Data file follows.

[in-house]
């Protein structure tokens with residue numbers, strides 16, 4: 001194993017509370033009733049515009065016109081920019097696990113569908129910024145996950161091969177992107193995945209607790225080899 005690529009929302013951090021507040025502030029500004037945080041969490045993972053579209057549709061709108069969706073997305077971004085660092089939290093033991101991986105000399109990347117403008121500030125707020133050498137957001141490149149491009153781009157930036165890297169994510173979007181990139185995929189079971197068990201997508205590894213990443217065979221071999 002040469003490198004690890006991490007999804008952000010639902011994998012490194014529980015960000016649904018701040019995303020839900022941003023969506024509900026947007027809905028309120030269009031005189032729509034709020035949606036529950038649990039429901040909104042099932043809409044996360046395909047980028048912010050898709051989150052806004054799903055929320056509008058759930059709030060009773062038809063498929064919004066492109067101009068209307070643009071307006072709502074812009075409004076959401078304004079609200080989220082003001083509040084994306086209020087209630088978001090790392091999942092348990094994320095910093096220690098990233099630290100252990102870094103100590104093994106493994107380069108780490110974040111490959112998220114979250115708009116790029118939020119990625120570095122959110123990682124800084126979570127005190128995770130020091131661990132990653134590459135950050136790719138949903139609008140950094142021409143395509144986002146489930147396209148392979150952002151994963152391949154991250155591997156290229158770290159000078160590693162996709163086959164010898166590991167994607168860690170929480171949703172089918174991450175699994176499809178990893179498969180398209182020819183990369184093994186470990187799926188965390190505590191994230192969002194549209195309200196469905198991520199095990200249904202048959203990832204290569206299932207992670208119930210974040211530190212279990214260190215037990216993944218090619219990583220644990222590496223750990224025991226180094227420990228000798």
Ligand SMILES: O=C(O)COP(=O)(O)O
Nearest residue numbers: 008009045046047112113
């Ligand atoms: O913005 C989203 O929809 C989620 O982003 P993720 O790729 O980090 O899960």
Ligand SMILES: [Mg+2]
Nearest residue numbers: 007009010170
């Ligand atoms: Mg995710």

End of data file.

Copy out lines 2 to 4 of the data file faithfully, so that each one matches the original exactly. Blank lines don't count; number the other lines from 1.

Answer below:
């Protein structure tokens with residue numbers, strides 16, 4: 001194993017509370033009733049515009065016109081920019097696990113569908129910024145996950161091969177992107193995945209607790225080899 005690529009929302013951090021507040025502030029500004037945080041969490045993972053579209057549709061709108069969706073997305077971004085660092089939290093033991101991986105000399109990347117403008121500030125707020133050498137957001141490149149491009153781009157930036165890297169994510173979007181990139185995929189079971197068990201997508205590894213990443217065979221071999 002040469003490198004690890006991490007999804008952000010639902011994998012490194014529980015960000016649904018701040019995303020839900022941003023969506024509900026947007027809905028309120030269009031005189032729509034709020035949606036529950038649990039429901040909104042099932043809409044996360046395909047980028048912010050898709051989150052806004054799903055929320056509008058759930059709030060009773062038809063498929064919004066492109067101009068209307070643009071307006072709502074812009075409004076959401078304004079609200080989220082003001083509040084994306086209020087209630088978001090790392091999942092348990094994320095910093096220690098990233099630290100252990102870094103100590104093994106493994107380069108780490110974040111490959112998220114979250115708009116790029118939020119990625120570095122959110123990682124800084126979570127005190128995770130020091131661990132990653134590459135950050136790719138949903139609008140950094142021409143395509144986002146489930147396209148392979150952002151994963152391949154991250155591997156290229158770290159000078160590693162996709163086959164010898166590991167994607168860690170929480171949703172089918174991450175699994176499809178990893179498969180398209182020819183990369184093994186470990187799926188965390190505590191994230192969002194549209195309200196469905198991520199095990200249904202048959203990832204290569206299932207992670208119930210974040211530190212279990214260190215037990216993944218090619219990583220644990222590496223750990224025991226180094227420990228000798």
Ligand SMILES: O=C(O)COP(=O)(O)O
Nearest residue numbers: 008009045046047112113